- Google Ads app (App on App Store, App on Google Play)
- Reflectly (App on App Store, App on Google Play, Website)
- App for JD Finance – a leading digital technology company (App on App Store)
- Topline app by Abbey Road Studios (App on App Store, App on Google Play)
For more examples of top Flutter apps, read this article > Top Apps Made with Flutter – 17 Stories by Developers and Business Owners
What is React Native?
What is React Native for?
React Native is an effective framework for:
- Cross-platform development
- Developing applications for both Android and iOS using a single codebase
- Using the same design as React
* Please note:
- React Native uses components that are analogous to widgets in Flutter.
To develop web and desktop applications with React Native, it’s best to use external libraries (as detailed in this paragraph).
Who created React Native?
Facebook created React Native.
How mature is React Native?
A brief history of React Native:
- Summer 2013, Facebook hackathon – React Native started as an internal Facebook project
- January 2015, React.js Conference – React Native 1 Preview release
- March 2015, F8 Conference – Official Launch of React Native
- Facebook declares React Native, ‘open for use and available on Github’
Looking at the above, two things are for certain: React Native is older than Flutter, and it boasts a bigger community. Not to mention the fact that the Facebook team has had plenty of time to stabilize the API as well as focus on fixing any underlying issues.
And let’s not forget – Facebook is working on several other notable enhancements as well:
- Lean Core – reducing an app’s size by moving optional components/features to separate repositories (to add to an app as/when needed)
- TurboModules – for improved handling of native modules
- React Native Fabric – re-architected UI layer
What popular apps are made with React Native?
… as well as plenty more.
If you’d like to see other examples of apps made with React Native, check out the official React Native showcase.
Flutter – pros and cons
In this section, we briefly discuss the key pros and cons of Flutter.
If you want to read more, check out this article dedicated to the Pros and Cons of Flutter for App Owners.
✅ PROS of Flutter:
1. Hot Reload = fast coding
From a developer standpoint, Flutter offers more dynamic – and faster – app development.
Developers can make changes to the codebase on-the-fly, and see them immediately reflected in the application. This is the so-called Hot reload feature, and it typically takes (milli-)seconds for changes to show.
The feature helps teams add features, fix bugs, and experiment with new ideas in an instant. Plus, Hot Reload is very handy when it comes to developer-designer collaboration.
That said – for a list of updates that require a full restart, see Hot Reload limitations.
2. One codebase, 2 mobile platforms (and more!)
With Flutter, Developers can write just one codebase for two applications – covering both iOS and Android platforms.
Flutter is platform-agnostic as it has its own widgets and designs, which means you can have the exact same app on two platforms (while if you want to differentiate your apps that’s just as easily achieved).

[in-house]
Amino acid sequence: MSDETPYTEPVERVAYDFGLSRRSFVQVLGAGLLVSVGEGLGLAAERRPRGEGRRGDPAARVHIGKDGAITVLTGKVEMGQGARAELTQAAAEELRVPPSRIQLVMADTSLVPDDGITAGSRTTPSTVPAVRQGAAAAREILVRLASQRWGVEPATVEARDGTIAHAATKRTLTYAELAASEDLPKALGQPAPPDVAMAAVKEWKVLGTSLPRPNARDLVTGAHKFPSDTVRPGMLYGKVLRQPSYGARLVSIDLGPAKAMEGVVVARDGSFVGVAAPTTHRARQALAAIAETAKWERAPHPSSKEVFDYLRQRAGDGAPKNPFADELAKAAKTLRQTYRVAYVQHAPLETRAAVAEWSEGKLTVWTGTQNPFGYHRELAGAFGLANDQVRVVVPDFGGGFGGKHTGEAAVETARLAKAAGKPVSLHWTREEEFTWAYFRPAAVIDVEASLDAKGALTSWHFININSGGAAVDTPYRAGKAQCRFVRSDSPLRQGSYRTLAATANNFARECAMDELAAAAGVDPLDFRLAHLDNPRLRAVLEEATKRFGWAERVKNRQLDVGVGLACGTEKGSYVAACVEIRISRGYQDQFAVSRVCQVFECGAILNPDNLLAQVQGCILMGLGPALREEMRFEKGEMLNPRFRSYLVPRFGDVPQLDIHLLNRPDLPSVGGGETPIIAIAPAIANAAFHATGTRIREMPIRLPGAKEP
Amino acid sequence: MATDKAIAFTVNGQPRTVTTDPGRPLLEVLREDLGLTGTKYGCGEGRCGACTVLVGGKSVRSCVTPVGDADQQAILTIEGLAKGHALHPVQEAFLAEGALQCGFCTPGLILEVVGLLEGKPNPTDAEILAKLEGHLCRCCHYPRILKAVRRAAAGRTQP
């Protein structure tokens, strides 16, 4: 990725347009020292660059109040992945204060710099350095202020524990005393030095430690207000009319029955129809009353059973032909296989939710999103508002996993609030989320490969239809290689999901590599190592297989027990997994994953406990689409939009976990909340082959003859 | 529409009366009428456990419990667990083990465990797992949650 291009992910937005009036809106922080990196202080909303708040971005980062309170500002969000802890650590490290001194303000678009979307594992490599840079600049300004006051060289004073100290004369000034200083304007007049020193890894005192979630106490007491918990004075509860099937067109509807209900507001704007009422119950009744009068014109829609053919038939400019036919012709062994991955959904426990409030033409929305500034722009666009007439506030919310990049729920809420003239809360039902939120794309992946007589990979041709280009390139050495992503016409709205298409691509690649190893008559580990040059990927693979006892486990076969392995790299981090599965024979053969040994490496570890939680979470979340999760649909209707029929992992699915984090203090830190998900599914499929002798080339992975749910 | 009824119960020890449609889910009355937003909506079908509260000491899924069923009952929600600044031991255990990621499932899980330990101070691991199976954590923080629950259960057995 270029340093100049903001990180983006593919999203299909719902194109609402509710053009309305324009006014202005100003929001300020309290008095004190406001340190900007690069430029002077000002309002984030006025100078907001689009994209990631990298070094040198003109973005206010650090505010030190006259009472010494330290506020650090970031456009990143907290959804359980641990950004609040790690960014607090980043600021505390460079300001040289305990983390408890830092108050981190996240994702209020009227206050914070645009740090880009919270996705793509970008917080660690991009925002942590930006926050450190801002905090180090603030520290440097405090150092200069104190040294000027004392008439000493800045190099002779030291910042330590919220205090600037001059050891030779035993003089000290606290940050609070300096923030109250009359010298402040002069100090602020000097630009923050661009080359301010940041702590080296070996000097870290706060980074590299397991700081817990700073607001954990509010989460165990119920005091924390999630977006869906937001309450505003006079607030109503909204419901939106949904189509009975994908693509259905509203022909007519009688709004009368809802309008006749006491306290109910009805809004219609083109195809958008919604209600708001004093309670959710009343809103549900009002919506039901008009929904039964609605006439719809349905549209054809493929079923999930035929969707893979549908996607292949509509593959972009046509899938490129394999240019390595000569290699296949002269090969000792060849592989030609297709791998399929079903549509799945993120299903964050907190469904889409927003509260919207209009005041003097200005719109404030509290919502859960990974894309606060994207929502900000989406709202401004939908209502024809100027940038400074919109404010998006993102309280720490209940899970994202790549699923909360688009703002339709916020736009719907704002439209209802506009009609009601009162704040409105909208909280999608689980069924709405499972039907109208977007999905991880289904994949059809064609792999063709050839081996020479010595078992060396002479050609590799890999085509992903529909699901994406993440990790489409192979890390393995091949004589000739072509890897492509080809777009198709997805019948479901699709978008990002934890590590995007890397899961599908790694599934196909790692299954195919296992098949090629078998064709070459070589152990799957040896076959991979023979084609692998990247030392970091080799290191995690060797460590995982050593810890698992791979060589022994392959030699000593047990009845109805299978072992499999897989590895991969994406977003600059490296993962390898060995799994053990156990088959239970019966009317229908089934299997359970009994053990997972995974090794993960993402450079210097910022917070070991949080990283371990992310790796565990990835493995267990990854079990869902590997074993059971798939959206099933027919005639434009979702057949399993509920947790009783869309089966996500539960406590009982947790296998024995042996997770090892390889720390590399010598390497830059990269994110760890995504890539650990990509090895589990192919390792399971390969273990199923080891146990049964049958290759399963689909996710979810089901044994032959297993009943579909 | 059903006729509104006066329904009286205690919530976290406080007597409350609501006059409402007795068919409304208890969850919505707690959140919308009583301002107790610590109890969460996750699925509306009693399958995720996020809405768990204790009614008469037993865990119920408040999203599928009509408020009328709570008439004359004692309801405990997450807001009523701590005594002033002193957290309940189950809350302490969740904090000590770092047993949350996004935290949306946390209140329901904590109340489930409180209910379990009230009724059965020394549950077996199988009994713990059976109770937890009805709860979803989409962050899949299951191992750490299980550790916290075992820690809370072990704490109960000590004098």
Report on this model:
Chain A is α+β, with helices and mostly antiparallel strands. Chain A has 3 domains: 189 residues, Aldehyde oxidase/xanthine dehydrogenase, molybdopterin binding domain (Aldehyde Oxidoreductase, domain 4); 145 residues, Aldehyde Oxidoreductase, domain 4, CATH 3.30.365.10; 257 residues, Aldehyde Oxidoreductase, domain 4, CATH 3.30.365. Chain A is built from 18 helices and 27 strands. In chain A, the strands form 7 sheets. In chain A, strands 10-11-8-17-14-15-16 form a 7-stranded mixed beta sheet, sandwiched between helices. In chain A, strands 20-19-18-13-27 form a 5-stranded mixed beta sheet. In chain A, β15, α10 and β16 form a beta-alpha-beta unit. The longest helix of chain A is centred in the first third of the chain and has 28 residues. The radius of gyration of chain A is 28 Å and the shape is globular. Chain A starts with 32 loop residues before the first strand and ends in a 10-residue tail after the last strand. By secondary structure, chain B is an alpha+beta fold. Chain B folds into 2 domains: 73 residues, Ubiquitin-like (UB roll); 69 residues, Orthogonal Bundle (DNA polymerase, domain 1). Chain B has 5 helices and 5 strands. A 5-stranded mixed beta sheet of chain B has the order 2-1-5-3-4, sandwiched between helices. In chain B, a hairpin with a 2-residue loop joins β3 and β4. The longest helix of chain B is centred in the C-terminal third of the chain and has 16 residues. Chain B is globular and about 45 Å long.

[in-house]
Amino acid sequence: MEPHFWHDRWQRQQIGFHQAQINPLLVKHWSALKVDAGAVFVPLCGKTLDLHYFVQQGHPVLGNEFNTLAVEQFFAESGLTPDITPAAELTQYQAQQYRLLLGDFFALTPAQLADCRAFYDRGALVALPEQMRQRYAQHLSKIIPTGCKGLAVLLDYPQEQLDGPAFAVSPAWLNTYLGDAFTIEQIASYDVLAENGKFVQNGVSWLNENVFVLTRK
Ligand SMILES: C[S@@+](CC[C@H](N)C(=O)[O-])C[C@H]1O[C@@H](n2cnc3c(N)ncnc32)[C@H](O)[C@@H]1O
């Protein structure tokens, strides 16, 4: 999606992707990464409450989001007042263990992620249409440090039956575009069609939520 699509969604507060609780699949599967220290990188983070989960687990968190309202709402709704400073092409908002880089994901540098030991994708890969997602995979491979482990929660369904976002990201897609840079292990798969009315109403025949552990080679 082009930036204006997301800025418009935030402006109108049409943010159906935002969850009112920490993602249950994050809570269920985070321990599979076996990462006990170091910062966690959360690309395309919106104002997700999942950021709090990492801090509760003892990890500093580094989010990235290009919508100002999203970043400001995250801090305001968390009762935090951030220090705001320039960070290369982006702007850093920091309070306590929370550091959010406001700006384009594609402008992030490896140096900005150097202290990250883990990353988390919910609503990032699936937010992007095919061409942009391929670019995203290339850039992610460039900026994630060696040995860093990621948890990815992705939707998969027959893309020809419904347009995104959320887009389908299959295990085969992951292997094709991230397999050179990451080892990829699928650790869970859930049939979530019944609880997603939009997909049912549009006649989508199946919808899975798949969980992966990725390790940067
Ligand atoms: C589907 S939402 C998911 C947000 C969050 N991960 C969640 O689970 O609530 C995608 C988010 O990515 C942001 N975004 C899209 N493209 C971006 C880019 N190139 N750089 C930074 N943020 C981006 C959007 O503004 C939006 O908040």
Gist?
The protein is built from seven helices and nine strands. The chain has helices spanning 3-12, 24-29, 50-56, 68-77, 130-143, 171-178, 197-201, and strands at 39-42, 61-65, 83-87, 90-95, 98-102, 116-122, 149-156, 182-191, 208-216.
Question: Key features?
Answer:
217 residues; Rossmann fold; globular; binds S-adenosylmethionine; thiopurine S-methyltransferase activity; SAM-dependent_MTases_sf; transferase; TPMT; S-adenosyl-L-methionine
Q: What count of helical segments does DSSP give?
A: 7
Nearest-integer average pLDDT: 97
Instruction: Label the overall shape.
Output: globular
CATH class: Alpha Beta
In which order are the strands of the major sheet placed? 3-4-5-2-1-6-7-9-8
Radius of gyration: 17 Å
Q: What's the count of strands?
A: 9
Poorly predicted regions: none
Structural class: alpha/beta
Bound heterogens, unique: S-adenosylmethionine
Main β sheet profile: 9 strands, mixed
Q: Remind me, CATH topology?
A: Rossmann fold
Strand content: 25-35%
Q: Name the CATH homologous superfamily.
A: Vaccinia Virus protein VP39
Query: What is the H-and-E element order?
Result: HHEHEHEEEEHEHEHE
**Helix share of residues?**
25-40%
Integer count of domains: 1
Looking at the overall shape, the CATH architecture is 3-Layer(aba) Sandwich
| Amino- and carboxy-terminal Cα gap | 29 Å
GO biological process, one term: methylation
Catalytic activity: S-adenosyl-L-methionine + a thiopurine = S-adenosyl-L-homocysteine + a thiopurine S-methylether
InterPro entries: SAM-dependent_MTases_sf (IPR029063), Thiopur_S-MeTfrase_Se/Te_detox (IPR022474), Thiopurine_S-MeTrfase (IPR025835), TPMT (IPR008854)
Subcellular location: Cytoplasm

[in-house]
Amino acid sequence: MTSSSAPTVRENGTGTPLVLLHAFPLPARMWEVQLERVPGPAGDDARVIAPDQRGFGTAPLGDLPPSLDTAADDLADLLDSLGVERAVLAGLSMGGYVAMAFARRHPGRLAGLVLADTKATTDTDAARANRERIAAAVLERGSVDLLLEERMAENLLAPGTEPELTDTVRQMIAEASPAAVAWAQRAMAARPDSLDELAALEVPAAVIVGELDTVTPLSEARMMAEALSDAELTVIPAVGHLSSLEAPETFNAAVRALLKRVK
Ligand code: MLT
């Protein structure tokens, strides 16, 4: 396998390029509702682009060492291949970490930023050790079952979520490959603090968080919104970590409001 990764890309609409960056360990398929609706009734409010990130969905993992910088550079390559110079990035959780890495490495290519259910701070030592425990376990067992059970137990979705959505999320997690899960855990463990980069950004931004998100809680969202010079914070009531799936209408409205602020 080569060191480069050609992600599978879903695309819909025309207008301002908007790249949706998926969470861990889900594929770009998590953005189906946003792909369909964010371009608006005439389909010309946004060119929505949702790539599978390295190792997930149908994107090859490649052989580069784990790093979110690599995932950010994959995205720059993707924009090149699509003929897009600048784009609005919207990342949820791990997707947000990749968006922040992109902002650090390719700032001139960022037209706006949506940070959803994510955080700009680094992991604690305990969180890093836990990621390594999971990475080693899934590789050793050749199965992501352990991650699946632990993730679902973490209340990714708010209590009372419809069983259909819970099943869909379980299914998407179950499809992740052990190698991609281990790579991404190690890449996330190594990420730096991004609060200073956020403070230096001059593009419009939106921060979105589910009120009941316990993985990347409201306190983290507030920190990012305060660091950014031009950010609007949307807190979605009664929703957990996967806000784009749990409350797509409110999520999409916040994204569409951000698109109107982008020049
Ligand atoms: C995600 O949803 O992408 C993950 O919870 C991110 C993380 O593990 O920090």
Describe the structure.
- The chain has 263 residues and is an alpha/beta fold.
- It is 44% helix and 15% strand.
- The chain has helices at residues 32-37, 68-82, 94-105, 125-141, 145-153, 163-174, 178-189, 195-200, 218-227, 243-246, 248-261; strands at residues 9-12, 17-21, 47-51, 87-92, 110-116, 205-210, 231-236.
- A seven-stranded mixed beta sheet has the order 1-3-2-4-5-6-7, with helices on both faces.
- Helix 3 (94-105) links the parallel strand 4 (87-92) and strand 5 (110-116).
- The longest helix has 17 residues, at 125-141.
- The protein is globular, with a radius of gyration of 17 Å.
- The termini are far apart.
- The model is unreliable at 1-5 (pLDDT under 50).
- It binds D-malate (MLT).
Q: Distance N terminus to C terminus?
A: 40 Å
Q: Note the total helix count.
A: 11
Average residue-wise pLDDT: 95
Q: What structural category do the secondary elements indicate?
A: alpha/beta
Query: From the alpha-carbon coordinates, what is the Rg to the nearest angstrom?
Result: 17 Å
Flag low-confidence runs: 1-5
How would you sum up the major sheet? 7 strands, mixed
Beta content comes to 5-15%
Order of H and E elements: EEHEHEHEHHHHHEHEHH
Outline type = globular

Google is currently working on Flutter for Web, which you can see as a preview version. Once this goes live, a single codebase will cover Android, iOS, and web platforms.
3. Up to 50% less testing
Given you have the same application on both platforms, your Quality Assurance process will be much faster as you can test less.
We write roughly 50% fewer automated tests because we can create the same tests to run on both platforms, reducing the demands on our QA team.
That said, you’ll still have to run manual testing at a similar level as with native programming – as your QA specialists will have to check both apps on each platform, by hand.
4. Faster apps
Flutter apps perform smoothly and fast – without ever hanging or cutting while scrolling. Why?
Flutter uses the Skia Graphics Library. Thanks to this, the UI is redrawn each time when a view changes.
Most of the work is done on GPU (graphics processing unit); that’s why Flutter UI is smooth and delivers 60fps (frames per second).
However, you must be careful during the development so as not to cause redrawing of those elements of the view whose data has not changed.
Redrawing the whole view instead of just those elements that change, can affect the performance and speed of the application, especially if you need to reload the view often, e.g. in a stopwatch application.
5. Designs your users will love
Flutter doesn’t rely on native system components. Rather, Flutter has its own set of custom widgets, rendered and managed by the framework’s graphics engine (source). Users will see different UI components from typical native apps, but that isn’t necessarily a disadvantage.
Flutter apps have a particularly user-friendly UI: a crucial advantage for Flutter over React Native, stemming from super-attentiveness to the visual details. Flutter was created so that you could easily create your own widgets, or simply customize an existing widget.
6. Same app UI, even on older devices
Even new apps look the same on older iOS or Android systems, so you never have to worry about supporting older devices.
7. Perfect for MVPs
If you need to build an MVP (Minimum Viable Product) for your app – say, as a showcase for potential investors – Flutter is the perfect option, especially if time is short. Read the article: How to Build a Minimum Viable Product – MVP Guide for App Owners.